Food, Wine, Terroir, and Place

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Hello from the foothills in the Sierra Mountains,

After another quick trip to WI, I flew on to Somerset, CA, a small town at about 2,300 feet in the Sierra Nevada Mountain Range. I am back visiting my friend, and renaissance person, Marco, his wife, Belinda, and their two wonderful children. My first visit to this place was six and a half years ago. In fact, I often wrote in a previous blog (mysummerclasses.blogsome.com), which has been interesting to read lately, perhaps insightful too.

During the past week, I have employed my colleague, Mark’s advice: “be the plumber” . . .  and it has worked well. I have managed contractors, worked on the aesethetics of the Miraflores Vineyard and Tasting Room, and worked on my own course material for the fall. In the meanwhile, things for a search committee have begun and I have been managing correspondence from three time-zones away.

Being back has been both relaxing and productive. I have gotten significant work done on my fall classes and I have also gotten some thoughtful work done on some of my own writing. One of the articles over which I have been pondering and on which I have been writing is about the “sense of place”. It is something I have mulled over for some time (actually years). It is both a personal and professional thing. I am indebted to a colleague who shared a book with me titled Aesethetics of Everyday Life. It has helped me structure something I have struggled with for perhaps a decade. When I think about the complexity of place, or what gives someone a “sense of place”. Is it physicality? Is it experience? Is it smell or taste? It is the weather? Is it a length of time? What I believe is it is combination of all of these things, but together they create a sense of attachment, a sense of pathos. What is that attachment or emotional appeal? Is it memory, either good or bad?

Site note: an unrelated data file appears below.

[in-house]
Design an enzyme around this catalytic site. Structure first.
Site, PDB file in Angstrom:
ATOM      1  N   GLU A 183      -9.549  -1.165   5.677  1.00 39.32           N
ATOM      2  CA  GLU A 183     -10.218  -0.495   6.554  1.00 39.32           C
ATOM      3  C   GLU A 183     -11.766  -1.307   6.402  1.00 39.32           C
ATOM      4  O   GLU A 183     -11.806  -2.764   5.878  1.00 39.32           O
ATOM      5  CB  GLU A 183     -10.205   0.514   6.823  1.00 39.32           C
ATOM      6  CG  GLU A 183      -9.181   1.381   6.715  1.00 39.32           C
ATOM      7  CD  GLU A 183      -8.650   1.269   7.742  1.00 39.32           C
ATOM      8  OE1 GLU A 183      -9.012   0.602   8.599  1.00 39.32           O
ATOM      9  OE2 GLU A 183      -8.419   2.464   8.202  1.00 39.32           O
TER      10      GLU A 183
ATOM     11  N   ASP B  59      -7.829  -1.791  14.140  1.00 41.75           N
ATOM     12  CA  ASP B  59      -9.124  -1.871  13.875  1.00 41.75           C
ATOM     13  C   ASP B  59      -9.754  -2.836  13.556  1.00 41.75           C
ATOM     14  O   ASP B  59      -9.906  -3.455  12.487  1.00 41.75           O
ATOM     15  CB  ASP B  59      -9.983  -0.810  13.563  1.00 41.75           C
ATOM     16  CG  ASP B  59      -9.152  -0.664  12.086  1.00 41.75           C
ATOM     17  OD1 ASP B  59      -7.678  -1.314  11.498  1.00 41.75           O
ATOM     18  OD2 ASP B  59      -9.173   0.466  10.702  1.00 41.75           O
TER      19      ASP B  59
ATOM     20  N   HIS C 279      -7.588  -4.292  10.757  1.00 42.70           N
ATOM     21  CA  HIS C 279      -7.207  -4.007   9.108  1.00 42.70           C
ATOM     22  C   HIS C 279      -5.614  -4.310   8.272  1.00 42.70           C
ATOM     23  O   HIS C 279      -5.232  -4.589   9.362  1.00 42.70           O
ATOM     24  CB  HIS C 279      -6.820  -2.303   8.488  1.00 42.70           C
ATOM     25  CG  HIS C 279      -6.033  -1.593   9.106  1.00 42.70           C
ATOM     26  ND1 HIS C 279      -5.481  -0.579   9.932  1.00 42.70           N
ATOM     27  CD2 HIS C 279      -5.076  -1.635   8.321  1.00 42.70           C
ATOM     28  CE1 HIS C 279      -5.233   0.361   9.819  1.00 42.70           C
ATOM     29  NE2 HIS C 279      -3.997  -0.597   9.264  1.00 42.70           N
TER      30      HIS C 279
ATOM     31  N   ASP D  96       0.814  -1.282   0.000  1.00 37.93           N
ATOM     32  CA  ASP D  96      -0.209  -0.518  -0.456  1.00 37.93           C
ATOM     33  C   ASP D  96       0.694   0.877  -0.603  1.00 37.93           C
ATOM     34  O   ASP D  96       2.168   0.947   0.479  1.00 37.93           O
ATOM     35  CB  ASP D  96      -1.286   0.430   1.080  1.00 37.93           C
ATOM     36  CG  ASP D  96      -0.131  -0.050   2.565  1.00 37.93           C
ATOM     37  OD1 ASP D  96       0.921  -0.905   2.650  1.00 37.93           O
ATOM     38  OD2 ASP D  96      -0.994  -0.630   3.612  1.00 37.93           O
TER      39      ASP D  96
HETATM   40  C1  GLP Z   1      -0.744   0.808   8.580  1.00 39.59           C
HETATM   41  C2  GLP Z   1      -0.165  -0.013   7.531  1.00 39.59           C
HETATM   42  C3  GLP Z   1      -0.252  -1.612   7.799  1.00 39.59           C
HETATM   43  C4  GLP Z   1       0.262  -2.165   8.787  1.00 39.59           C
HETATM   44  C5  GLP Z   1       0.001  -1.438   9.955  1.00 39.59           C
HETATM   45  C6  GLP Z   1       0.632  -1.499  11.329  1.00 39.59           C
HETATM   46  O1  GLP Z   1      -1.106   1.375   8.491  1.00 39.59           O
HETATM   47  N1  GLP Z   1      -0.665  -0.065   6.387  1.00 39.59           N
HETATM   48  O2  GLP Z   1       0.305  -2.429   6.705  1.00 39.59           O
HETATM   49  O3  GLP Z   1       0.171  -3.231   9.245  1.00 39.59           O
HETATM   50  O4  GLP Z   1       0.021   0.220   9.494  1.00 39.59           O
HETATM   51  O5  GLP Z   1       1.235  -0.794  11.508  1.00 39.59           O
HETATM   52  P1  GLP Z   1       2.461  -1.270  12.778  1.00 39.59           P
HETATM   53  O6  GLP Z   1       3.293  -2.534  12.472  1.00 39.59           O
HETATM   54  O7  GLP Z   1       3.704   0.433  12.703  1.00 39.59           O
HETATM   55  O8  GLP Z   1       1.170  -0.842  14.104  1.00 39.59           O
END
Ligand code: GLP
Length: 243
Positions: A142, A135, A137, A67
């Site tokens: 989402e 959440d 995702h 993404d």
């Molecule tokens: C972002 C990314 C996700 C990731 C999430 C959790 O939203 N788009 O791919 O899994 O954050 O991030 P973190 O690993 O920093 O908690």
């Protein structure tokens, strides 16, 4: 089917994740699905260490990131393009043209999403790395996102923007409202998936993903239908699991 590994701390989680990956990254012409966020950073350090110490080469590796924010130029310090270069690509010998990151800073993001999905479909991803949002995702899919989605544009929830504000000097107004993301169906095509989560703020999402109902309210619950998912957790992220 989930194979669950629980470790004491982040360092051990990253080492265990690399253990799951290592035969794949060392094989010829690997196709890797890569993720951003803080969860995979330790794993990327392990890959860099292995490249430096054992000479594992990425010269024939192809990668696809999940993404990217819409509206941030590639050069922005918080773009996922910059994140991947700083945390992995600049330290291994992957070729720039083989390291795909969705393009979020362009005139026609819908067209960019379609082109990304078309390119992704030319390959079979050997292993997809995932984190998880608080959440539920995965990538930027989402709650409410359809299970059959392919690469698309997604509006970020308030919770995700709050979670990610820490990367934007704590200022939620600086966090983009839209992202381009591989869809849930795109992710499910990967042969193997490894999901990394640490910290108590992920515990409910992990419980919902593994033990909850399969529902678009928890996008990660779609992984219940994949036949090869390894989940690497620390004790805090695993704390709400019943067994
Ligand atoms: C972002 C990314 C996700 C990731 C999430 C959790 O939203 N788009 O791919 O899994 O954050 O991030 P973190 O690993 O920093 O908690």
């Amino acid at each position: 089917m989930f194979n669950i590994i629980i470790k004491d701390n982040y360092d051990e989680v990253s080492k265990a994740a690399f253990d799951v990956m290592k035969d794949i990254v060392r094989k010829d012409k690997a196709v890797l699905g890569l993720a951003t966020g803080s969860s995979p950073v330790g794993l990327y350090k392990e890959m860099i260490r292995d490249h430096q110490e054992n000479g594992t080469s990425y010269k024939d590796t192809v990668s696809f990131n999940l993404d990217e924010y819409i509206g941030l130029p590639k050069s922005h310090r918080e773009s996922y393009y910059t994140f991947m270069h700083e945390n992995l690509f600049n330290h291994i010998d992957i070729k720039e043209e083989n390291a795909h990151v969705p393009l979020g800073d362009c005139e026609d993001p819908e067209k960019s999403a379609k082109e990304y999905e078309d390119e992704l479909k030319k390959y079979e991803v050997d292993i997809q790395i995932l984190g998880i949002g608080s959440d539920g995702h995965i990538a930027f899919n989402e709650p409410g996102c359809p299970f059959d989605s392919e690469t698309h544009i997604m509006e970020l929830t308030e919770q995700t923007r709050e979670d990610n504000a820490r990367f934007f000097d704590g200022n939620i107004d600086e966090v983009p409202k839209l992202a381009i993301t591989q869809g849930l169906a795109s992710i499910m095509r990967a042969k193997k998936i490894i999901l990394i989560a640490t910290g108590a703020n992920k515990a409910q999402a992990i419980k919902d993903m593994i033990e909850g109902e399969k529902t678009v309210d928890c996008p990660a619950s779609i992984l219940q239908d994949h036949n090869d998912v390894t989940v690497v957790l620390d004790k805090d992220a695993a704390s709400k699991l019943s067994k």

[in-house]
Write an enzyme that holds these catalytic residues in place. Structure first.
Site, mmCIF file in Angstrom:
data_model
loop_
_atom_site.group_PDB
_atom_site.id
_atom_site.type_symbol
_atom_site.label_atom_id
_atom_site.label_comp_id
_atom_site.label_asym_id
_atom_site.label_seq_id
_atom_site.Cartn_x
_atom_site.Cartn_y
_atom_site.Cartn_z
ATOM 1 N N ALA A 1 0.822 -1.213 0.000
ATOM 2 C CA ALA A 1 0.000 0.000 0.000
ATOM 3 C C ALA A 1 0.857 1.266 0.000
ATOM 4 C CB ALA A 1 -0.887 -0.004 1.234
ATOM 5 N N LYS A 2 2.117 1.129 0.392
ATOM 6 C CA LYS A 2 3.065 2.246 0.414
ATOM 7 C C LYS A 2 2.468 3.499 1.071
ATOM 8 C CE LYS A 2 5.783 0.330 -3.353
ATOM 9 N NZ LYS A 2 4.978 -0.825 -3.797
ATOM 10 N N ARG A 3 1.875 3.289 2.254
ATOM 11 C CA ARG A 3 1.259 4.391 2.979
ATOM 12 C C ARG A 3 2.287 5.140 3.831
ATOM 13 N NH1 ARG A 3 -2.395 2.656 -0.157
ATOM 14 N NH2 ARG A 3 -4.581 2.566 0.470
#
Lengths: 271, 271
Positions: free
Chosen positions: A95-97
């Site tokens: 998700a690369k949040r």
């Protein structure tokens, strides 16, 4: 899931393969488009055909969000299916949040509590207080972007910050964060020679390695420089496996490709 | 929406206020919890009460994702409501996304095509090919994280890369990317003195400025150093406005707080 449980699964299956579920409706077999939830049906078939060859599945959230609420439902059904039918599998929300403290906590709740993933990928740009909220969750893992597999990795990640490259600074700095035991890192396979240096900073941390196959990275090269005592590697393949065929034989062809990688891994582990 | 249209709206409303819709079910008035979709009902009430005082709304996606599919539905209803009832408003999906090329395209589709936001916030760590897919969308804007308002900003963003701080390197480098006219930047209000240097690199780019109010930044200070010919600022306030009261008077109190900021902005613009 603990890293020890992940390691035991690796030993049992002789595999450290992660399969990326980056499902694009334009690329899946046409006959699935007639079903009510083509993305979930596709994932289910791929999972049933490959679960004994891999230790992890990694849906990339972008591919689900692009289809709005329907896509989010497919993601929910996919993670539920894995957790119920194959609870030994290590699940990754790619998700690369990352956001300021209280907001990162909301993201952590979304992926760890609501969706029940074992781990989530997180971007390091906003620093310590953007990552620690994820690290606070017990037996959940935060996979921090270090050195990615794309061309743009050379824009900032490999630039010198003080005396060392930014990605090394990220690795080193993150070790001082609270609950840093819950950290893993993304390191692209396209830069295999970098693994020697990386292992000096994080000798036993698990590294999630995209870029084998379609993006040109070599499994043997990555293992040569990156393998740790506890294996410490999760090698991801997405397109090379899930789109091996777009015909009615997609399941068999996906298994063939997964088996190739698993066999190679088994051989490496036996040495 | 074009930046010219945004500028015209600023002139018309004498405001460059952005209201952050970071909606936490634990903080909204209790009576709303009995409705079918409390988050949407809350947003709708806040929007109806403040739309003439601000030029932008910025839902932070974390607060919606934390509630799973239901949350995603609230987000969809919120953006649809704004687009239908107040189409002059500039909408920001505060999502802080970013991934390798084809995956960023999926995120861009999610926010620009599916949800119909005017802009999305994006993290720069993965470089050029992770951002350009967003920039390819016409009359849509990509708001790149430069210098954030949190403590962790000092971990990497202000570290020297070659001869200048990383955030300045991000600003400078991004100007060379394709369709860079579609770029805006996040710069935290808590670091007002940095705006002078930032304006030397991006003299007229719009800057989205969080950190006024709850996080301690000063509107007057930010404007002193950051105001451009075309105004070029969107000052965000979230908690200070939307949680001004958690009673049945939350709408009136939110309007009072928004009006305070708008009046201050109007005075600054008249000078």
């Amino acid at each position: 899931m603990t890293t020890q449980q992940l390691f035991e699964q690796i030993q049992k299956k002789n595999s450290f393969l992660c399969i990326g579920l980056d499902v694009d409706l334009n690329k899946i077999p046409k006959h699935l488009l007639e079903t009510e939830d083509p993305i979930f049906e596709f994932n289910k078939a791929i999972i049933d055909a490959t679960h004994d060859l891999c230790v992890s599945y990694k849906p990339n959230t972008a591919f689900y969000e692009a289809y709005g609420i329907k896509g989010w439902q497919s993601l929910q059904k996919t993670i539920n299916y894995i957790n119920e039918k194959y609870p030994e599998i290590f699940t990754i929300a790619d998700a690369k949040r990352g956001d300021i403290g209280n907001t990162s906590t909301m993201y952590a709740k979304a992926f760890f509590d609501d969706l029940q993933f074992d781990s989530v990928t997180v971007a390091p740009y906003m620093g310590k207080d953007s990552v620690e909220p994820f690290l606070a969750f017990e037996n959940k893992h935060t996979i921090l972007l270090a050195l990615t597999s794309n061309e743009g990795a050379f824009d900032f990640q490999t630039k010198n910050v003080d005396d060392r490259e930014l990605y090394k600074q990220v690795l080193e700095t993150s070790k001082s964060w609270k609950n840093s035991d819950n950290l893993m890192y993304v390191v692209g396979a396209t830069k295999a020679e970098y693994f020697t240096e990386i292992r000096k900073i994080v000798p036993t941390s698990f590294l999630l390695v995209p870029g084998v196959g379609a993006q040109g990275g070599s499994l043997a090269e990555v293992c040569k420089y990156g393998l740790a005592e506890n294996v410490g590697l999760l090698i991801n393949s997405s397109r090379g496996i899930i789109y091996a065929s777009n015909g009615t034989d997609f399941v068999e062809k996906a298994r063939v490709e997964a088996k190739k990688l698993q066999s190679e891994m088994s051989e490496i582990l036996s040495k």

As I have been working this past week in the Herbert Zinfandel blocks of the winery, I have listened to Marco speak about terroir, a concept I remember hearing regularly in Peter DeSouza’s Wine and Spirits class at UW-Stout. Terroir is a combination of a number of things: soil, elevation, wind, rain, sun, temperature, care, grape varietal, and the list could go on. One thing that some have begun to consider is the actual wine drinker him or herself. Is this moving into a post-modern concept of terroir? Perhaps . . .

The past two weeks I have had the amazing opportunity to attend a wine and food pairings luncheon. Those who know me, know I love these opportunities. I love good food and the experience of dining. Last week, it was Chef Dan Moore of the National Hotel in Jackson, CA. Today it was three phenomenally talented sommeliers who call themselves “Three CorkDorks”. An amazing Apple Tartin to accompany the Bottricelli wine. Then speaking about memory. I remember an amazing student who tragically passed away in a fire when I taught at Stout. I remember telling her I was a CorkDork. She laughed hysterically. Thinking of you, April. I so appreciated you. It is her picture that graces this post.

What I know is the 10 days here have created new memories strengthed old ones and helped me relax and prepare. I am indebted to so many for making my life better. It is a combination of food, wine, terroir, and place. The next week will be hectic and in barely a week, the fall semester will have begun. In the meanwhile, I will finish my glass of Bottricelli.

Thanks for reading,

Michael

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